The Definitive Guide to a Data-Driven PR Strategy
There’s no way around it, companies with access to data and the means to analyze it are often the most successful. In fact, according to research, companies that have embraced a data-driven culture are three times more likely to be substantially ahead of their competitors financially.
To truly be data-driven, a company must back all decisions with accurate and actionable data—including public relations decisions.
Enter, Data-Driven PR
On a basic level, data-driven public relations is the process of using data to develop newsworthy insights that support your organization’s PR goals. Simple enough, right?
But, how do you generate the data you need to make a compelling pitch? Large companies have the means to fund complex research studies, run advanced data analysis, or partner with other companies, while smaller organizations are often left to gather data on their own.
Stuck for data ideas? Continue reading to learn how you can kick-start your data-driven PR strategy.
- Analyze your contact database.
It’s very likely that you already have access to valuable data and don’t even realize it. Most companies have a system to collect information from prospects, lead generation efforts, email campaigns, and networking events. This information can hold important insights that have the potential to be the perfect fuel for your data-driven PR initiative.
Example: A hypothetical marketing agency might collect demographic and firmographic data through forms on their website. After compiling and analyzing this data, they realize that they’ve had an increase in form submissions with the job title, Chief Customer Experience Officer. This prompts them to dig a little deeper to come up with the perfect idea for a pitch: Customer experience positions double, suggesting a shift in the marketing landscape.
This piece works for two reasons—it highlights valuable industry insight, and provides the agency with the opportunity to promote their services.
- Look at buying trends
Similarly, most companies have access to information about product sales and buying habits. Take a look at this data to identify important trends and habits that might be newsworthy.
Example: A hypothetical fitness equipment retailer notices that equipment sales vary drastically depending on the region. After looking into this further, the company is able to put together a map of the US, citing the most popular piece of equipment by state. They are then able to put together a graphic to pitch to media outlets.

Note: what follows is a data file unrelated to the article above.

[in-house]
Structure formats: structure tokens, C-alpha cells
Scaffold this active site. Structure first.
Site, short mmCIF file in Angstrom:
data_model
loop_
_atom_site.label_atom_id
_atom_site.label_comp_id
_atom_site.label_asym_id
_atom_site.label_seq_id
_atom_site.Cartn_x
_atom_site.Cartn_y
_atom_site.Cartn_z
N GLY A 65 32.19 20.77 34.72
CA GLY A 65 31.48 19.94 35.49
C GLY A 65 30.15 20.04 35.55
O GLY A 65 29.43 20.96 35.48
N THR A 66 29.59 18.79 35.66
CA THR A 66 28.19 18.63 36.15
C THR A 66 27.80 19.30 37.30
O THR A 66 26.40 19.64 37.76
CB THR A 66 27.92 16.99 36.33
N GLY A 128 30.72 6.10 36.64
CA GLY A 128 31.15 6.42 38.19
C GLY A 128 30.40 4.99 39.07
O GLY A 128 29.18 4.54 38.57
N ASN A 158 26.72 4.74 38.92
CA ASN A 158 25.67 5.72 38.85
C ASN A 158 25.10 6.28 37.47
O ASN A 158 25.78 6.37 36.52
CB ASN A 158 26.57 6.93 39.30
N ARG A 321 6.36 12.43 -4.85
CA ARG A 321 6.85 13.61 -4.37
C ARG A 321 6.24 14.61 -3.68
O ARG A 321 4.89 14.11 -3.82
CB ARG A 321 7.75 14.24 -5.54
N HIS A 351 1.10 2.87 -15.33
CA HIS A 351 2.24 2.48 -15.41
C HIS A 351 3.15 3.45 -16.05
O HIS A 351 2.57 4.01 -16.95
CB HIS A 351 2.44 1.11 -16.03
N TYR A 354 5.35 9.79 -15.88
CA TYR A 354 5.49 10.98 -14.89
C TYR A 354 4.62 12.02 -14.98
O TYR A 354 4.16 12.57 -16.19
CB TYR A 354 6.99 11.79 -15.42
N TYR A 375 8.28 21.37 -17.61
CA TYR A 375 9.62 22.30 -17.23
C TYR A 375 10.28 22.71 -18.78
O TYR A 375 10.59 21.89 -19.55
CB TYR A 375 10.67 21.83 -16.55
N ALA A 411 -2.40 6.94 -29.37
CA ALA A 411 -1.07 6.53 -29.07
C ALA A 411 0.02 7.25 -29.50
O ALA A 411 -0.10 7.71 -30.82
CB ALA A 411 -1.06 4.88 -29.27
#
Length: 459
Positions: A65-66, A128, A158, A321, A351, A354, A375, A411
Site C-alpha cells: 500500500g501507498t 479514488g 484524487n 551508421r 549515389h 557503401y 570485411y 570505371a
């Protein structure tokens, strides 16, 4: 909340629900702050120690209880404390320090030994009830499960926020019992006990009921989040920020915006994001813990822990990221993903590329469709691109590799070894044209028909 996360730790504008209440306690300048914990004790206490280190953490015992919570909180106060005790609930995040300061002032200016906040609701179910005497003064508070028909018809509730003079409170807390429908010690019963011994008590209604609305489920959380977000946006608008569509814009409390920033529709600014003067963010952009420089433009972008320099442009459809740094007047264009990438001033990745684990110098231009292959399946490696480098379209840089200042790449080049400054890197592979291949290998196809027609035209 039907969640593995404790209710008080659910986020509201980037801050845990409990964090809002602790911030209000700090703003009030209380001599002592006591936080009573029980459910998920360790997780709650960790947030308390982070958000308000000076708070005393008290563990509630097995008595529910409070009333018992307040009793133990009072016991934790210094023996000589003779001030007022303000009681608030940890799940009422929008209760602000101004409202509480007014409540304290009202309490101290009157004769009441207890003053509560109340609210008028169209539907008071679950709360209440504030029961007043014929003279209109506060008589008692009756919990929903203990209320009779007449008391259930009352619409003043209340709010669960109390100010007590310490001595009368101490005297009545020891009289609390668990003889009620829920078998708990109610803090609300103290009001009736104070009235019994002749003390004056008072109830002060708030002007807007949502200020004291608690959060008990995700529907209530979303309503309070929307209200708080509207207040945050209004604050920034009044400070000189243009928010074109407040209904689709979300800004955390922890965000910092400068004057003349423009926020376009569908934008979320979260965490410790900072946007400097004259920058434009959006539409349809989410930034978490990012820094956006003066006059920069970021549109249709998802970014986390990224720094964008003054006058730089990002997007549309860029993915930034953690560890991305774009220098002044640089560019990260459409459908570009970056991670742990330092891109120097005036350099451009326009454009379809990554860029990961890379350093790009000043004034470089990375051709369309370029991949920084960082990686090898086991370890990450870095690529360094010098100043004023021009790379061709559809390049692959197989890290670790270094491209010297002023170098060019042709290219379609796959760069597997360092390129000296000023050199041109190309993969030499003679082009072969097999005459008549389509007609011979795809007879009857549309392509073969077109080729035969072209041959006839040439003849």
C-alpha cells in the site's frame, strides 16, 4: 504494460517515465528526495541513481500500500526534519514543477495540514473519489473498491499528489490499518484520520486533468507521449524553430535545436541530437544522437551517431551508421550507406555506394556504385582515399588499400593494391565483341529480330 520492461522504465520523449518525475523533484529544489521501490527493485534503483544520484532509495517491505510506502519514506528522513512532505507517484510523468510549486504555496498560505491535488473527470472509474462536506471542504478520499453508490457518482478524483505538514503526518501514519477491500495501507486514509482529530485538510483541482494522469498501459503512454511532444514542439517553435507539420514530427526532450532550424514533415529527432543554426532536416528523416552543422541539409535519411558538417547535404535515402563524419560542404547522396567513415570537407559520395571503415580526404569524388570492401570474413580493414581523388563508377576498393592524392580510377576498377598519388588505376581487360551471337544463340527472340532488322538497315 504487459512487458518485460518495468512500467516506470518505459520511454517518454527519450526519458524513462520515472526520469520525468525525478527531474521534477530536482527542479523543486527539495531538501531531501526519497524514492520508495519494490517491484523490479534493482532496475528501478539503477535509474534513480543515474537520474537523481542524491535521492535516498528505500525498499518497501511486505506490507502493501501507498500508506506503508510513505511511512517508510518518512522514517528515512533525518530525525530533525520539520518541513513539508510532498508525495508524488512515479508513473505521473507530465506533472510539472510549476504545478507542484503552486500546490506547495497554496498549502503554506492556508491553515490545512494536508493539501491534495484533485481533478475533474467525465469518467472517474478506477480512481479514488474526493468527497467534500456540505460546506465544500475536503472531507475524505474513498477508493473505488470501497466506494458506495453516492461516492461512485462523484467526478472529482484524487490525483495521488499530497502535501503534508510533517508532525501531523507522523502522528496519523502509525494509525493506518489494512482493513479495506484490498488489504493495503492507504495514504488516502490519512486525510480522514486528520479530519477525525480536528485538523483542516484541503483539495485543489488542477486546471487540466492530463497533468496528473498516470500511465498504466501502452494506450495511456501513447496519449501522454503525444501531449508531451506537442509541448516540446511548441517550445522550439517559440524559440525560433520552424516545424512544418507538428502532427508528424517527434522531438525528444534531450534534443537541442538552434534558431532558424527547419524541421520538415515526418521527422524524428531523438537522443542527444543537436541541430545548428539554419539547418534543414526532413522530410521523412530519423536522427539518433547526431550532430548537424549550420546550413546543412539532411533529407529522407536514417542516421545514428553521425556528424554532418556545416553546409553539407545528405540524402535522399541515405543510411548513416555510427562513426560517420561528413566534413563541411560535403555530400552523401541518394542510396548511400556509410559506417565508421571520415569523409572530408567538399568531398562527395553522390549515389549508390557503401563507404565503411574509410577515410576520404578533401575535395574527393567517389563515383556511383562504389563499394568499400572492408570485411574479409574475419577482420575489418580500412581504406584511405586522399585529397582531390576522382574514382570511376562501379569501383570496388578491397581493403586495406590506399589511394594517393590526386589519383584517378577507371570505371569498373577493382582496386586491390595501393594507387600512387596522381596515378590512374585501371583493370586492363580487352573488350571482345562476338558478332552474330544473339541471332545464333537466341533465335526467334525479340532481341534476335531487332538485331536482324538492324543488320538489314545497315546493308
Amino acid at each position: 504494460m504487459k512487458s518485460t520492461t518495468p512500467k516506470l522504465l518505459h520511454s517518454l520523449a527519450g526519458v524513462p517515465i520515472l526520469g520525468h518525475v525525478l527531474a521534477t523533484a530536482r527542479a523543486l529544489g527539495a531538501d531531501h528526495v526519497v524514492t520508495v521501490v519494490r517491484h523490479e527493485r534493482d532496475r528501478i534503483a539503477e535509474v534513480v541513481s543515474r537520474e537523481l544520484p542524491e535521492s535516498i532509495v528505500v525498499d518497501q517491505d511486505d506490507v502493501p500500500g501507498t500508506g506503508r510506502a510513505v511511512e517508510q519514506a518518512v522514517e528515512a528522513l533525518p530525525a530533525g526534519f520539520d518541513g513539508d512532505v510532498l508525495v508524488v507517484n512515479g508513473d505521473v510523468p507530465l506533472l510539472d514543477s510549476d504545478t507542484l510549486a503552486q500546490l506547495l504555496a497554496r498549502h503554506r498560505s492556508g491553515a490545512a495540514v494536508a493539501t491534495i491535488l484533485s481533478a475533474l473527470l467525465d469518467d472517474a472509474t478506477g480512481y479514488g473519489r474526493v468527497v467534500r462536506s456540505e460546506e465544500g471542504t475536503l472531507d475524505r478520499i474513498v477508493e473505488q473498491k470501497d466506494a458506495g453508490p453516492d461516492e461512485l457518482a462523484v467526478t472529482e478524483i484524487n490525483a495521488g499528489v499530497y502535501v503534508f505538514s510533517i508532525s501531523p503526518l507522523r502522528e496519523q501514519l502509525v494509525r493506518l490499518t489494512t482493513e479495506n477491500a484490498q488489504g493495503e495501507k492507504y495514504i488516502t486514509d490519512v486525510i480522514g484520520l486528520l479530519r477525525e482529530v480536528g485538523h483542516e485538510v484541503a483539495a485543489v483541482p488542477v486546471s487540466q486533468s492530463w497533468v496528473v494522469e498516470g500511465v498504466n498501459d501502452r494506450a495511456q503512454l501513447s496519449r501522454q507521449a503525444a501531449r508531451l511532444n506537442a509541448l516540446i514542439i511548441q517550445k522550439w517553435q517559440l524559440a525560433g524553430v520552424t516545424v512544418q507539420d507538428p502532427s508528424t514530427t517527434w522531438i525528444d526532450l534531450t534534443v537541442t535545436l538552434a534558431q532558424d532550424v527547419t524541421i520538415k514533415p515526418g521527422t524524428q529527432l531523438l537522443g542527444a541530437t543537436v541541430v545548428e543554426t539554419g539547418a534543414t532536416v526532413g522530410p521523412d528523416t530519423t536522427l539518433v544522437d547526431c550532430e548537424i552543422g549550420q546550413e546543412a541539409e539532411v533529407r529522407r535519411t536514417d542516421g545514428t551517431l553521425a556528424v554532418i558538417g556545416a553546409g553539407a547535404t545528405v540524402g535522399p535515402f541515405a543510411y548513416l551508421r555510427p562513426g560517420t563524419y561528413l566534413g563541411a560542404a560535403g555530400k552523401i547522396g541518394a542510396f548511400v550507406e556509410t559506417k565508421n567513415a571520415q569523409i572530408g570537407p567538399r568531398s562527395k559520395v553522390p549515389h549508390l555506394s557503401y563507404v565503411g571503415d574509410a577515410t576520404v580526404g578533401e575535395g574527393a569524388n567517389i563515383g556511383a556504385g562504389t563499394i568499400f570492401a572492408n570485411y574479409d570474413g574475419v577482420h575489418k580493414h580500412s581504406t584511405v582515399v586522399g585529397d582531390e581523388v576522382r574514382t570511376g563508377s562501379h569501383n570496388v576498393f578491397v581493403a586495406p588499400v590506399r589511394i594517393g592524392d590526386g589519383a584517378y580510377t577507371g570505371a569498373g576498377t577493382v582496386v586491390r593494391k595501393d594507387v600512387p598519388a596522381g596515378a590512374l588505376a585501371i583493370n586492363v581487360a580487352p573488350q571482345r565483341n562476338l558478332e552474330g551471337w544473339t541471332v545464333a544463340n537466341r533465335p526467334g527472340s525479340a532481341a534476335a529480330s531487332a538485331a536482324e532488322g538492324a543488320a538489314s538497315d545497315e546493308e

Again, this works for two reasons—the map is a visually interesting way to display the data and establishes the retailer as an industry leader.
- Conduct a survey.
Technology has made it easier than ever to conduct a survey and analyze the findings. If you are struggling to find data to support your PR initiatives, conduct a quick online survey. Distribute the survey by email campaign, social media, or on your website.
Example: A company specializing in B2B sales technology wants to promote their newest product. Based on opinions and gut feelings, they think it’s an important addition to technological landscape—but they don’t have data to back this.
They put together a quick survey designed to gauge the industry’s need for this new product. Using survey responses, they’re able to pitch the following: 75% of sales leaders report a need for a better sales enablement platform.
In this example, survey data provides definitive proof that this company’s new product will fix an important, industry-wide problem.
- Borrow someone else’s data.
When all else fails, there’s no reason you can’t use someone else’s data to support your pitch. Using another company’s research can even have its benefits, especially for new companies with little industry traction—it’s less work, you know it’s reliable, and it allows you to piggyback off another company’s relevance.
Example: A small—hypothetical—health food company is releasing a new line of smoothies. Coincidentally, a large, reputable health journal releases findings that consuming certain vitamins is necessary to maintain a healthy weight. The food company then pitches the following: Study shows vitamin B-12 is necessary for weight loss.
The article goes on to explain that the company’s new line of smoothies contain optimal amounts B-12—thus supporting the company’s PR initiative.
In today’s fast-paced business environment, data is currency. Fortunately, technology has made quality data more accessible. Use these four techniques to kick-start your data-driven PR strategy, today.
Contributed by Molly Clarke, Web Marketing Manager at ZoomInfo. ZoomInfo offers the most accurate and actionable market intelligence to help organisations accelerate growth and profitability. The continuously updated database enables sales and marketing teams to execute more effective marketing campaigns and improve sales prospecting efforts. Visit zoominfo.com for more information.